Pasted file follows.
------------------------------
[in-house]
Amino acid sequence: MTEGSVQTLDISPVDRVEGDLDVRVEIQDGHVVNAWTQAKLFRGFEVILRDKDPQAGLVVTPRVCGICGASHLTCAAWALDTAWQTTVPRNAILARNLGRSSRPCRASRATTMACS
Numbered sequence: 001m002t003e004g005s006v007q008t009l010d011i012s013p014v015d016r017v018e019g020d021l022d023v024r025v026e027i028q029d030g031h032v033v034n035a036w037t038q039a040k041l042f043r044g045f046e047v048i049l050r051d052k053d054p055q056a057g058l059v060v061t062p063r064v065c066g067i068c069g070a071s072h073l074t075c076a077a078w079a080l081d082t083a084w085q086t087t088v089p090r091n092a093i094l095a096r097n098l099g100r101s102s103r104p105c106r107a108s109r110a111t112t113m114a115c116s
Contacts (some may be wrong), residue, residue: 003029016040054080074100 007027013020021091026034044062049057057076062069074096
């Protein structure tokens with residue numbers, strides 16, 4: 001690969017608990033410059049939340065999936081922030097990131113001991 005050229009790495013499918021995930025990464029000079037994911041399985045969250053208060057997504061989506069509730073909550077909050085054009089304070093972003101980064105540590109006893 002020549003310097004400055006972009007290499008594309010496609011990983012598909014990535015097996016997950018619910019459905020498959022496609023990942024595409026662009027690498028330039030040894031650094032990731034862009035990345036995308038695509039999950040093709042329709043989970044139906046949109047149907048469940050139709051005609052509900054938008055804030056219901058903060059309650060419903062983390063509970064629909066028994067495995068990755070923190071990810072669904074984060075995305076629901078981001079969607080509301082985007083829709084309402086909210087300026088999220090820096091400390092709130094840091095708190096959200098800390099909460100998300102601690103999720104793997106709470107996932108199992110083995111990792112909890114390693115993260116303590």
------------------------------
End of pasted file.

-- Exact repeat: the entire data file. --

[in-house]
Amino acid sequence: MTEGSVQTLDISPVDRVEGDLDVRVEIQDGHVVNAWTQAKLFRGFEVILRDKDPQAGLVVTPRVCGICGASHLTCAAWALDTAWQTTVPRNAILARNLGRSSRPCRASRATTMACS
Numbered sequence: 001m002t003e004g005s006v007q008t009l010d011i012s013p014v015d016r017v018e019g020d021l022d023v024r025v026e027i028q029d030g031h032v033v034n035a036w037t038q039a040k041l042f043r044g045f046e047v048i049l050r051d052k053d054p055q056a057g058l059v060v061t062p063r064v065c066g067i068c069g070a071s072h073l074t075c076a077a078w079a080l081d082t083a084w085q086t087t088v089p090r091n092a093i094l095a096r097n098l099g100r101s102s103r104p105c106r107a108s109r110a111t112t113m114a115c116s
Contacts (some may be wrong), residue, residue: 003029016040054080074100 007027013020021091026034044062049057057076062069074096
């Protein structure tokens with residue numbers, strides 16, 4: 001690969017608990033410059049939340065999936081922030097990131113001991 005050229009790495013499918021995930025990464029000079037994911041399985045969250053208060057997504061989506069509730073909550077909050085054009089304070093972003101980064105540590109006893 002020549003310097004400055006972009007290499008594309010496609011990983012598909014990535015097996016997950018619910019459905020498959022496609023990942024595409026662009027690498028330039030040894031650094032990731034862009035990345036995308038695509039999950040093709042329709043989970044139906046949109047149907048469940050139709051005609052509900054938008055804030056219901058903060059309650060419903062983390063509970064629909066028994067495995068990755070923190071990810072669904074984060075995305076629901078981001079969607080509301082985007083829709084309402086909210087300026088999220090820096091400390092709130094840091095708190096959200098800390099909460100998300102601690103999720104793997106709470107996932108199992110083995111990792112909890114390693115993260116303590």